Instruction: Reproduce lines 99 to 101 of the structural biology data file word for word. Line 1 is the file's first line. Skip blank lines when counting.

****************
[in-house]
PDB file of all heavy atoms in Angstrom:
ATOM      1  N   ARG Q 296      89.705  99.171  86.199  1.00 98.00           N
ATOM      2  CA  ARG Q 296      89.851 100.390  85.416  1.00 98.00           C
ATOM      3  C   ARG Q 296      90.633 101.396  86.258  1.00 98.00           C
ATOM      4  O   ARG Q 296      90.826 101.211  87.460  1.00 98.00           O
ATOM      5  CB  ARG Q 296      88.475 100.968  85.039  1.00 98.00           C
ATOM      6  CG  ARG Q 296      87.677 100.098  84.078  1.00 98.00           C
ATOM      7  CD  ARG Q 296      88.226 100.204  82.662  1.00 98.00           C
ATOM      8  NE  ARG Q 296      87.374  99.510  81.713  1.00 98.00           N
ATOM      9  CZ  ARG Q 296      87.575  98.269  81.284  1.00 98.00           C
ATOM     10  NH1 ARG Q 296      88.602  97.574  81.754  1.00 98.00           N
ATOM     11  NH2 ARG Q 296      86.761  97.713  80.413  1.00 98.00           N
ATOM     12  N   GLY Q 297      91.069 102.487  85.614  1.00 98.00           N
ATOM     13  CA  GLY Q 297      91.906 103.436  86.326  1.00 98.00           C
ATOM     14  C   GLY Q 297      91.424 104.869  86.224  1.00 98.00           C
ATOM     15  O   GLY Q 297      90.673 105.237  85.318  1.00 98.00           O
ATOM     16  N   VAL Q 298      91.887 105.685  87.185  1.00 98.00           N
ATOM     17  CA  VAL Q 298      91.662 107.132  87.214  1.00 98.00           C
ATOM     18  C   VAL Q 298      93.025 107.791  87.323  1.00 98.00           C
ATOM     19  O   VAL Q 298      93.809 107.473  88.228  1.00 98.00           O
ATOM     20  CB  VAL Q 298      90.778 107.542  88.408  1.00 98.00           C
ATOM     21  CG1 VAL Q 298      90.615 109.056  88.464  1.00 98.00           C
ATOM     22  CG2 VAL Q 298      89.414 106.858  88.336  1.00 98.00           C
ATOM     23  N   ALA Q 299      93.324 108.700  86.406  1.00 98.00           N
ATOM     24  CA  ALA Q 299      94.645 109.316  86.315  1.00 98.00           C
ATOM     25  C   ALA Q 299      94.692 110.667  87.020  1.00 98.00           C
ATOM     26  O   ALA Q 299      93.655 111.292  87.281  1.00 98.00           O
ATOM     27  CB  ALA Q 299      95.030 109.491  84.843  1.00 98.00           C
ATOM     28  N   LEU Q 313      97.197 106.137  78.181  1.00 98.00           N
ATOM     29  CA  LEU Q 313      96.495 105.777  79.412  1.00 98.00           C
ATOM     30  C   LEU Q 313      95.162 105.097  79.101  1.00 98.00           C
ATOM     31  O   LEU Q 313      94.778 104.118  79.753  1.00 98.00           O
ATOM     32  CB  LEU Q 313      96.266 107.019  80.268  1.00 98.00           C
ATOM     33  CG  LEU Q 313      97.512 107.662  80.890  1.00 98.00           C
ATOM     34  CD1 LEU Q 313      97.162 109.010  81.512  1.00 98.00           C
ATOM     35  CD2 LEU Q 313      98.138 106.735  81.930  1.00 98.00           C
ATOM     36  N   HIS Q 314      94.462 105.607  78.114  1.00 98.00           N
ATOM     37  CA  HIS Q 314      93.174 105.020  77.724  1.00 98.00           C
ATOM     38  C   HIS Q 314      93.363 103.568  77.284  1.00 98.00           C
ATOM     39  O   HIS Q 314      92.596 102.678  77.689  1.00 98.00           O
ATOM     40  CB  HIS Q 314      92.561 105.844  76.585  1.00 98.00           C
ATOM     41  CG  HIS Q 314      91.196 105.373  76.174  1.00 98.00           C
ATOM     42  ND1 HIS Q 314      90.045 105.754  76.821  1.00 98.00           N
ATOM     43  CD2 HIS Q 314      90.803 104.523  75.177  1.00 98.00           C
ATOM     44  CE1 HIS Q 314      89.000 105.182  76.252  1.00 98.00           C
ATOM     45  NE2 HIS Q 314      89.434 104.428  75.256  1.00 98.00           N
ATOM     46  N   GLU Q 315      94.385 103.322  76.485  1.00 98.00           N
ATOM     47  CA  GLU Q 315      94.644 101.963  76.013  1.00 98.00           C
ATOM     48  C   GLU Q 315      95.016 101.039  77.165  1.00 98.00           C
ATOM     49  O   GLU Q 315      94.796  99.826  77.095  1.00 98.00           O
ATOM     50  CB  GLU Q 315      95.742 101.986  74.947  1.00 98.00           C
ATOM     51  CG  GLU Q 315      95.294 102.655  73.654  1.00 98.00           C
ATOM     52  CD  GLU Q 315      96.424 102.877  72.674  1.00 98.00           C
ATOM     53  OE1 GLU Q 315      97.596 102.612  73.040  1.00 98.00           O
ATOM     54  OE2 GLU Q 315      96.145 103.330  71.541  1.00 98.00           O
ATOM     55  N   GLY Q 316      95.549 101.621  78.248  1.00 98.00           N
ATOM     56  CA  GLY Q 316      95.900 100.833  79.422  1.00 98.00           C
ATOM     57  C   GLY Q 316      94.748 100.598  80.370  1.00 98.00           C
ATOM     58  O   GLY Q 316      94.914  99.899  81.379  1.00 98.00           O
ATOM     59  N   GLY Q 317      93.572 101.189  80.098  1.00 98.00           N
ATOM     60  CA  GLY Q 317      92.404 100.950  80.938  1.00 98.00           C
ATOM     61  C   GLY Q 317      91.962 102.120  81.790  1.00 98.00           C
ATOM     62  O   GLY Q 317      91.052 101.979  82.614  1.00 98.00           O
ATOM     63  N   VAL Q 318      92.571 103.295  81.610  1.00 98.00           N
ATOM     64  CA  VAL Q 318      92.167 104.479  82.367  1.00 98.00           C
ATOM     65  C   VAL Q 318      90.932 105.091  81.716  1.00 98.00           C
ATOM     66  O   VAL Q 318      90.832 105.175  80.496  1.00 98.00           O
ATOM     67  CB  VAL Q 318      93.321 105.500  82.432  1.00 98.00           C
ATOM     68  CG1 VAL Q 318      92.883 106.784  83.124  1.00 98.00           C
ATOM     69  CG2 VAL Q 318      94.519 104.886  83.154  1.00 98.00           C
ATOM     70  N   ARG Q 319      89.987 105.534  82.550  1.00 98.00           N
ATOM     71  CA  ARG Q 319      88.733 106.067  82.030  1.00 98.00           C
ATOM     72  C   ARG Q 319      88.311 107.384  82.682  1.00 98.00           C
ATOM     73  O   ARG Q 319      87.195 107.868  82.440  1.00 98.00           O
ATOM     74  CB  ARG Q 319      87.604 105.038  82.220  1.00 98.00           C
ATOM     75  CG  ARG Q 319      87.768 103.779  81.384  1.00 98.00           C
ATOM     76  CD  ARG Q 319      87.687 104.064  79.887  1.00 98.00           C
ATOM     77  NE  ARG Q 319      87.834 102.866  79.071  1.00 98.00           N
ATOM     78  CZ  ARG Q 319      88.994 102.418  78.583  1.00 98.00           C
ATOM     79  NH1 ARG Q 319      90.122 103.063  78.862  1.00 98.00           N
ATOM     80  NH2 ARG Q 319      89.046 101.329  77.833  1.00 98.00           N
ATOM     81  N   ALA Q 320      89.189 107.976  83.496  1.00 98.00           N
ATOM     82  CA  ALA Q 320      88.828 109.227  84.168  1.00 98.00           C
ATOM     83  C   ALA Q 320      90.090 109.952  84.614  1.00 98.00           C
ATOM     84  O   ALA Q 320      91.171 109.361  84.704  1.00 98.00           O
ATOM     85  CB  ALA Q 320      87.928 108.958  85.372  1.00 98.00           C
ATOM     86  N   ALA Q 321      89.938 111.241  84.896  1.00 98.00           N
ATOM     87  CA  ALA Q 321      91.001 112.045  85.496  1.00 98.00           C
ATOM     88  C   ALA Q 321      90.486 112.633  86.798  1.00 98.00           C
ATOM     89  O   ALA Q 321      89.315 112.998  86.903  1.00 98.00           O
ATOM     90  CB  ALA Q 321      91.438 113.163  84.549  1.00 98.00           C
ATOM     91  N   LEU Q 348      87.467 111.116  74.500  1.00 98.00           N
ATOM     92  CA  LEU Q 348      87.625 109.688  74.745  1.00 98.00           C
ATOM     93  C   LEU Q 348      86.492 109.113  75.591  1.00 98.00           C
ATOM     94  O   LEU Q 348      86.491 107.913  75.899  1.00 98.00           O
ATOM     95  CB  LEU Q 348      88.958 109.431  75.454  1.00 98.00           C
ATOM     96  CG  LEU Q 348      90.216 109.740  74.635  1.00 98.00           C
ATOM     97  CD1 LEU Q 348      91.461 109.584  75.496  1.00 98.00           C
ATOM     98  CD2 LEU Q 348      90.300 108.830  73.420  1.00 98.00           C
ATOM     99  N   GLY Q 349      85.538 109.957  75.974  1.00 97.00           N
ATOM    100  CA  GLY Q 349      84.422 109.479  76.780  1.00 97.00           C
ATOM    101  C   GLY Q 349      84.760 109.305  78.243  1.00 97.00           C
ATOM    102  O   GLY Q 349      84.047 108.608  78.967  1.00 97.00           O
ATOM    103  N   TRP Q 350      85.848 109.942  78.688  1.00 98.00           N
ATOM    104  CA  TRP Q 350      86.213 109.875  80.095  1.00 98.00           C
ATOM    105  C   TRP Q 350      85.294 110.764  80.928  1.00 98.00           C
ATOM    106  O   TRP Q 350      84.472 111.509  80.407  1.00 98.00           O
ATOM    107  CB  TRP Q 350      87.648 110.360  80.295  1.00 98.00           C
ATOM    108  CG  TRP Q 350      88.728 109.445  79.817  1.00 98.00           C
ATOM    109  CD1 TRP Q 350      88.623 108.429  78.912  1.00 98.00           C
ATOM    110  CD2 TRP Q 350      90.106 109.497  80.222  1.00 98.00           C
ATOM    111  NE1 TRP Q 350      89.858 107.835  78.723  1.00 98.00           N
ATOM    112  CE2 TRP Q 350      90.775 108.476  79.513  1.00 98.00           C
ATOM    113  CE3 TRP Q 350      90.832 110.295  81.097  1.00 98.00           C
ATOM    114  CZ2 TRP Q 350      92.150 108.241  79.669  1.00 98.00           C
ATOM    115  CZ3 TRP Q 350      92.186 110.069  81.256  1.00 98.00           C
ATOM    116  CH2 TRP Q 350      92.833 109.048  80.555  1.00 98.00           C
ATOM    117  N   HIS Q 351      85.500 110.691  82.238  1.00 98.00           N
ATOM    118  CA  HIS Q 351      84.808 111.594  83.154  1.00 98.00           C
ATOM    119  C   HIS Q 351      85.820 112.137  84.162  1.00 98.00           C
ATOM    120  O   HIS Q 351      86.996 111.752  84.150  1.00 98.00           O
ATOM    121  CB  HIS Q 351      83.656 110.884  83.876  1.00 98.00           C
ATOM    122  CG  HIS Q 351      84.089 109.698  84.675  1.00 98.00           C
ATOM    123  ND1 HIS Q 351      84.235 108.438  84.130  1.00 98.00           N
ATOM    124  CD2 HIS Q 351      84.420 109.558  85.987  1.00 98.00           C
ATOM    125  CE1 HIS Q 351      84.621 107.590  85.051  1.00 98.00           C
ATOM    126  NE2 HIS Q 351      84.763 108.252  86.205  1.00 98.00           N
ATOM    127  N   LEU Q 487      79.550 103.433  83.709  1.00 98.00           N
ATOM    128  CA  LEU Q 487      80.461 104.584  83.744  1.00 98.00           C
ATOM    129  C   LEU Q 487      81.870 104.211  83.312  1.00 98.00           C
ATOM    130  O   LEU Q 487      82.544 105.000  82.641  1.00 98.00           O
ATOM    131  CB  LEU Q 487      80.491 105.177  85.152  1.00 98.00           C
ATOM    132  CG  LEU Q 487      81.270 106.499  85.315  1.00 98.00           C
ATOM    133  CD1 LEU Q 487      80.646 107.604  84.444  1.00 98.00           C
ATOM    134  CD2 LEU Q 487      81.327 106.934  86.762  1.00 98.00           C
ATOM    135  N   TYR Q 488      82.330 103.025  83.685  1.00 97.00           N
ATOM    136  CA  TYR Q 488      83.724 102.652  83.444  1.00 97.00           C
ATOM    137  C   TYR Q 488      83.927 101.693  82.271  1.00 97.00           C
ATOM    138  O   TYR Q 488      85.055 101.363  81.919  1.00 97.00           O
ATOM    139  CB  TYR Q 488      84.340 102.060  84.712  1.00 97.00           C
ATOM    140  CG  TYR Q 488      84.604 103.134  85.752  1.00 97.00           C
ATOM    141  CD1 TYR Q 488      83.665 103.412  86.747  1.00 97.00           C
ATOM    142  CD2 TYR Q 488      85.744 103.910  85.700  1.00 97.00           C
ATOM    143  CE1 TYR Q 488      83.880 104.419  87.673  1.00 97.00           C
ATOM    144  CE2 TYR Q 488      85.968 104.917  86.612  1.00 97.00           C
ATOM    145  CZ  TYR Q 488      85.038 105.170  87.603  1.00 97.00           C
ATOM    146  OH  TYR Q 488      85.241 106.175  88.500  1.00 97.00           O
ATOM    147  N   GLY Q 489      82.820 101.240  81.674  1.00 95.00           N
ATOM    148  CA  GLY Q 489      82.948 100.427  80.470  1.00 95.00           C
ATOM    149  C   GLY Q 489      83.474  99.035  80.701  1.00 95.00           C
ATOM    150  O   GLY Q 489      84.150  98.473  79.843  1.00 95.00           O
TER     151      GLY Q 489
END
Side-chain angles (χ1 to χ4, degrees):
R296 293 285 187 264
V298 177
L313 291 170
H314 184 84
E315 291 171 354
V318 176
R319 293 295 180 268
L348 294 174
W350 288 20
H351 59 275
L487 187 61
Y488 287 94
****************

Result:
ATOM     97  CD1 LEU Q 348      91.461 109.584  75.496  1.00 98.00           C
ATOM     98  CD2 LEU Q 348      90.300 108.830  73.420  1.00 98.00           C
ATOM     99  N   GLY Q 349      85.538 109.957  75.974  1.00 97.00           N